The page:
I knew I wanted to be a family doctor when I was 10 years old and a patient at Burnaby Hospital.
I was admitted for a flare-up of inflammatory arthritis with fevers, rashes and painful joints.
Though I was presented as a case at the doctors’ teaching rounds, my bedside care was personal. At a time when there was little more than prednisone to treat my condition, the best therapy was the care of my nurses and doctors.
They weren’t treating a case or a disease, but rather a whole person – a scared kid with a mysterious condition and uncertain prognosis. I had a profound trust that they were looking out for me. I remember the uplifting feeling of comfort when my kind and cheerful family doctor, Dan McCarthy came to visit. Decades later he would retire early from practice in order to take on his new role with the B.C. Medical Association. Behind the scenes, he was strengthening primary care throughout our province, supporting family doctors in giving good care to their patients.
In medical school, I considered a number of specialties, including pediatrics and psychiatry, but in family practice, I loved listening to each patient’s story.
This was not just the medical history or the history of a presenting condition. It was the narrative of a whole life – joys and sorrows, adventure and misadventure, pride and regret, relationships evolving and dissolving.
In many specialties, physicians can focus on a condition (i.e. enlarged prostate) or organ system (i.e. the gastrointestinal tract or cardiovascular system), but in family practice, more than anywhere else, we see a more complete individual, and disease is seen only in the context of that individual’s unique life.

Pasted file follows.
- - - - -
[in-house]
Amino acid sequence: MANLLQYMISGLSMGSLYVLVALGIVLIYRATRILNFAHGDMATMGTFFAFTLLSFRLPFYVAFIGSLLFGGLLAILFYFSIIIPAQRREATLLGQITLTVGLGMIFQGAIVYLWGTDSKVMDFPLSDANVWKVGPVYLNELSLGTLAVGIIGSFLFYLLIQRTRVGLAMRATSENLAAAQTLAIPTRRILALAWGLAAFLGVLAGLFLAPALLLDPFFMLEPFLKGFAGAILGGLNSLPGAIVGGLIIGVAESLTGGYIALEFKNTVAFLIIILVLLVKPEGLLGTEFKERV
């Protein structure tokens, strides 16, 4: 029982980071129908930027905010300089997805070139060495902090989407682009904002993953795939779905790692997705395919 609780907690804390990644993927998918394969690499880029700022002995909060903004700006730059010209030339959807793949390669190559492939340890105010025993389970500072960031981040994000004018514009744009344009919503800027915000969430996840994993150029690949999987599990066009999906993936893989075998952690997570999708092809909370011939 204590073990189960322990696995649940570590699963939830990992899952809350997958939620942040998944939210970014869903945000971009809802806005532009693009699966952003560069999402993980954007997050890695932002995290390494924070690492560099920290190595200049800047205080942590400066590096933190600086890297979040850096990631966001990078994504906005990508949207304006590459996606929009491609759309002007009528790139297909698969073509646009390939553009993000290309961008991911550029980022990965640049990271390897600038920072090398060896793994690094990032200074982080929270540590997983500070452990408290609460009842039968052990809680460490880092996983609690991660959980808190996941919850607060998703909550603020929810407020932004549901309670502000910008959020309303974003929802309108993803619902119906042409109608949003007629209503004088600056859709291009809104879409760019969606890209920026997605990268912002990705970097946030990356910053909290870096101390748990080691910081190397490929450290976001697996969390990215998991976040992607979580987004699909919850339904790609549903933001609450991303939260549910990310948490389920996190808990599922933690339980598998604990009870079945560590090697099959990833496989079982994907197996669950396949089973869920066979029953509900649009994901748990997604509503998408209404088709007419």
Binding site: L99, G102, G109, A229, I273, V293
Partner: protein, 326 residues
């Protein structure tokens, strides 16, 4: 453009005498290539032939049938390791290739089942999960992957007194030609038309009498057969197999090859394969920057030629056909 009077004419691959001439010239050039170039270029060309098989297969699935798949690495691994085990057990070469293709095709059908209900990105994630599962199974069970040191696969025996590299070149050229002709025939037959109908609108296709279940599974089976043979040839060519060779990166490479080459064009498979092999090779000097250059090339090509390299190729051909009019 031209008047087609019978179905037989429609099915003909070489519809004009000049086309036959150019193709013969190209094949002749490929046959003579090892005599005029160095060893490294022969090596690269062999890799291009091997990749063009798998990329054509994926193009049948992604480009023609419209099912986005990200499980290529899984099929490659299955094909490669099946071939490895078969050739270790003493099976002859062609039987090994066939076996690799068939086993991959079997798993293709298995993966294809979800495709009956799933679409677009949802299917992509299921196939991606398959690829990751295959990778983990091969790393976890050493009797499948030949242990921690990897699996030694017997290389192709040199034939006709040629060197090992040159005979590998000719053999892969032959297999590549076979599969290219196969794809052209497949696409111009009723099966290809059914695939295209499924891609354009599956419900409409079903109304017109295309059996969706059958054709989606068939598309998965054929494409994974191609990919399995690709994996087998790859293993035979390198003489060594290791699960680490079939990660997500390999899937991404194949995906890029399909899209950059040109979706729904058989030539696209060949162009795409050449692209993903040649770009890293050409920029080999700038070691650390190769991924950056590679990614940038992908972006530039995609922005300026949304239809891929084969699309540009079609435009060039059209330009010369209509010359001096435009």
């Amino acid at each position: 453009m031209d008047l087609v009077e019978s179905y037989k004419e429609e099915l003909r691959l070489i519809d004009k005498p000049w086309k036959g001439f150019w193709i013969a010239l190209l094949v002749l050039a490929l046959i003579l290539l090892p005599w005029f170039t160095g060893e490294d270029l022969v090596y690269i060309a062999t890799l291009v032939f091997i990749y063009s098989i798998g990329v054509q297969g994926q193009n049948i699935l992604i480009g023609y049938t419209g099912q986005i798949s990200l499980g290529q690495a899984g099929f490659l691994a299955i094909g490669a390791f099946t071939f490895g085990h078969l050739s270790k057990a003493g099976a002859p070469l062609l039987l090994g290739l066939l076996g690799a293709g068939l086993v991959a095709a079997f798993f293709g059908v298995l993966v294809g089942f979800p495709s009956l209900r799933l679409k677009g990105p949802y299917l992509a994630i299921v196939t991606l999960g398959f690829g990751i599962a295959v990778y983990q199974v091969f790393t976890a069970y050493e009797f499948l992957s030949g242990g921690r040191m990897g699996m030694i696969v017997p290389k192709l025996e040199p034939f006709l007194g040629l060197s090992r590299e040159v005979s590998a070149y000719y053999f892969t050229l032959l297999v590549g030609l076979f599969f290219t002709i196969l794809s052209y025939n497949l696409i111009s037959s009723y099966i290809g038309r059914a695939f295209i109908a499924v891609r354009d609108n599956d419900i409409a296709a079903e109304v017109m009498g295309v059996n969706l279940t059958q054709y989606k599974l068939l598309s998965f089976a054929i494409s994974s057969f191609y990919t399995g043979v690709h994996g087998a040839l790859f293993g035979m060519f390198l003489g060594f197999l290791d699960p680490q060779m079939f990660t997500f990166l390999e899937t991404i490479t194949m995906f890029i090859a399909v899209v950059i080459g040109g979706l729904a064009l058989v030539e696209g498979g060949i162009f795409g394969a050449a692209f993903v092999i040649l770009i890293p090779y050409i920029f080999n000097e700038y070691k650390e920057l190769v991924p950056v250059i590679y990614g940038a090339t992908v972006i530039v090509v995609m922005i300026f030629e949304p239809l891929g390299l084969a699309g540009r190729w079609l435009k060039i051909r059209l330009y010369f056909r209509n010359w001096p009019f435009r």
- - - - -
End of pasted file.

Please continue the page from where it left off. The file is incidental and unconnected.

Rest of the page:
In family practice, we see our patients over time – not just over months or even years but across decades and generations.
Over the past 25 years, I have seen babies I have delivered grow into adults and parents themselves, and I have grown with patients my own age from a young adult to a parent of children who are young adults today.
We not only listen in order to understand our patients’ stories, but we become part of their stories. With empathy, compassion and patience, part of our care is in shaping their stories in a positive direction.
More than anyone else in the health-care system, a good family doctor is an advocate for the individual patient. I want the best for each of my patients. In any situation and at every stage of life, I want for them the most positive outcome in which their goals, values and aspirations are respected.
My golden rule of medicine has always been to treat every patient with the care I would want for a best friend and family member. It has cost me much in time, thought and effort, but in return, it has given me the most gratifying calling that I return to with vigour day after day.
Although I cannot speak for every GP, I believe that this is the unique perspective of a good family doctor – to see the complete person before me and treat medical conditions only in the context of that unique life.
Other health-care professionals may be able to do some aspects of my work and at a walk-in clinic, a colleague may treat one medical condition, but no one else will act as an advocate for the unique and complete individual like a caring family doctor.
If you’re not seeing your own family doctor, who is looking out for you? If you do not have a family doctor, contact your community’s Division of Family Practice through divisionsbc.ca.
Davidicus Wong July 21 2015